Instar 3 or 4 already... impressive that he was here for a week without being spotted.

No wasps have been spotted for a while now.

They're drawn to the presence of aphids and we've been sweeping the plant regularly.

Even so, we've brought him inside the screen to develop in peace... and to stare lovingly.

 

Gal named him Houdini.  Impressive yin visual evasion technique dear sir!

 

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So Houdini has some interesting eating habits not displayed by any of the others we've hosted.  After stripping every leaf from the top of his chosen stem, last night we watched him climb to the top and eat an entire seed pod... casing, seeds, tufts... everything.  Then after everyone had gone to bed, I walked by and saw him gnawing on the stem of the plant for a good long while.  He eventually went down for another leaf, but after that leaf, he buggered right back up to the top and started gnawing on the stem, again. 

 

So fascinating... I wonder how much force their bite generates.

 

IMG_5703.JPG.5f077520d55f1512a8475f261b0d8335.JPG

 

 

While on the subject of seed pods... This plant has been producing 2-6 pods at a time regularly over the last two+ months and rather than having them dump all over our balcony and reseed in other pots with current occupants, my son and I have undertaken an Urban Guerrilla Gardening campaign.  There are a few prime spots, empty lots and unused spaces along our usual walking route, where we take the pods that are opening and disperse the seeds on our midnight walks.  (The true full name for the project is the Guerrilla Gardening Urban Resurgence Dispersal Joyously Each Fornight Federation...  or G. GURDJEFF for short)  :lol::wub:;):ph34r:

 

simple joys...

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Here's Houdini having at one of the seed pods for breakfast.

IMG_5704s.jpg.5d99b637f249310fe0875b8587a24efe.jpg

Though to be honest, I don't know what meal to call it, when this guy hasn't stopped eating since we found him.

He could easily out eat a Hobbit.

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About 6pm Houdini started making the anchor for his Chrysalis.

He latched on fully and entere J Pose @ 10pm.

 

He held J pose for 17 hours and 20 minutes.

Then, in 3 minutes and 50 seconds, transformed from this:

 

5f29ed867ae79_HoudiniJPose.jpg.2e030f8a676b62311457e59e092581d8.jpg

to this:

5f29ed8d4556b_HoudiniChrysalis.jpg.bb9ee0dd92f9c87ae7fcd59e3216d8d8.jpg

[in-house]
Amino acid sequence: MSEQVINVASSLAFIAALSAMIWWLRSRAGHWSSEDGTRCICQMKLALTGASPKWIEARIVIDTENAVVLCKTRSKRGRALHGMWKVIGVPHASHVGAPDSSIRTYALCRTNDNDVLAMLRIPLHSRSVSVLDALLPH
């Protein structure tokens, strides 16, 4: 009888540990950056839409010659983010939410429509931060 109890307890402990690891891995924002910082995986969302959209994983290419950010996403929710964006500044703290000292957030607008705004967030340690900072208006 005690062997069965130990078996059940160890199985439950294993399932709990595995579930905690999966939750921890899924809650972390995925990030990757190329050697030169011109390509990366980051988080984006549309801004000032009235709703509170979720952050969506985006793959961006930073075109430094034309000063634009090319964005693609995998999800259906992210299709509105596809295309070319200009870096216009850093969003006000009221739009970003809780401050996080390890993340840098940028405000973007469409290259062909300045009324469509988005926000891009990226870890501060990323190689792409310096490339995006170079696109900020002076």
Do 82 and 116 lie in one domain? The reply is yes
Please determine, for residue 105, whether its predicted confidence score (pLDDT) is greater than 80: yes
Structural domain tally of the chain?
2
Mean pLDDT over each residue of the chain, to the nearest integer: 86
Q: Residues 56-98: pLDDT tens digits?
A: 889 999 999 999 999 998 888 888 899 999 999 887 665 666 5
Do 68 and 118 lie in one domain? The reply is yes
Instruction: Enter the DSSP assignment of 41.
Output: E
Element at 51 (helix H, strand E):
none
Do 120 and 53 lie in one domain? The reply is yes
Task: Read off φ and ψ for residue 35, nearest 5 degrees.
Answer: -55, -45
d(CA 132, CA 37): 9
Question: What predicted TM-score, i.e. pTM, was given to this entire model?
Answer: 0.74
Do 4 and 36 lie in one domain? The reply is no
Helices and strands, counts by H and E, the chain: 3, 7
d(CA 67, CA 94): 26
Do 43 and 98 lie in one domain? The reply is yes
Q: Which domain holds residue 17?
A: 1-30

17 1/2 hours in one inverted crunch pose... 

Universe:  alright, you get wings now...

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Agreed my friend. 

 

Houdini emerged about an hour ago, just before 8am.

His wings are drying now.  Gal got his emergence on video.

Pretty sure he's a he.  Though it's tougher to tell when their wings are closed.

5f38097ff2abc_HoudiniDryingWings.thumb.jpg.91b7c0b4c4f498613ea02eadf9f61463.jpg

Here he is just after inflating his wings hanging out while they dry...

What a truly stunning process.

 

Talk about Alchemy!

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Their straw like proboscis mouths are in two parts when they emerge...  Watching him flex them as they slowly fuse together to form the tube structure.  When Evades the Wasps, emerged, I spent a bit of time confused as I could only spot four legs... I just never saw the third pair.  More research into this and it turns out the third pair of legs are not observed being used very often, but they are present and remain close to the body located right near the face/head.  They do seem to use them to help align the two halves of their proboscis though.

 

Just incredible to witness this.  So small, so intricate, such a stunning process to transform from egg to a full flight Monarch.

 

 

Weighing a quarter of an ounce and able to travel thousands of miles to a place it's never seen, aside from in the memories of ancestors, which is what I've always considered 'Instinct' to be... one being able to recall the memories of one's ancestors as one's own.

 

Just incredible... humbling and inspiring simultaneously.

 

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Houdini took off a few minutes ago.

 

It's a perfect morning for flying... warm, dry, just the slightest of breezes.

Edited by silent thunder

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It's almost time for Monarchs to begin passing through... again.  I hope.

 

We're getting three bushes this year.  Two will remain outside for hosting eggs and initial hatchings.

One will remain behind the screen and we'll transfer the cats there as a haven to safely finish their process and avoid another Wasp assault.

 

Unfortunately I read a few weeks ago that Monarch populations have potentially plummeted this year.   If reports pan out to be accurate, it looks bleak.  Observer's counts in several key and historically significant areas numbered only in the hundreds, while others reported none, or a a mere few thousand. 

 

When my wife and I encountered that sleeping cluster in a Eucalyptus Grove in Big Sur, back in the early 2000's, there were so many ladening down the branches of a dozen trees we couldn't see the branches or leaves...  now those Groves may be bare. 

 

While it is the nature of that which has form, to pass away and I embrace this.  I also am unflinchingly aware that within my own field... there exists an abiding and a deep longing to see this pattern of Monarchs in nature to endure, for whatever reason.

 

So... three Milkweed bushes will be picked up soon and we'll invite any passing Mothers-to-be, to devote their young to our fostering observations and nurturing.

 

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Posted (edited)

Picked up our first of three Milkweed bushes for this year's Momma Monarch Migration.

 

I remain hopeful, though reported sighting numbers are very grim.

Edited by silent thunder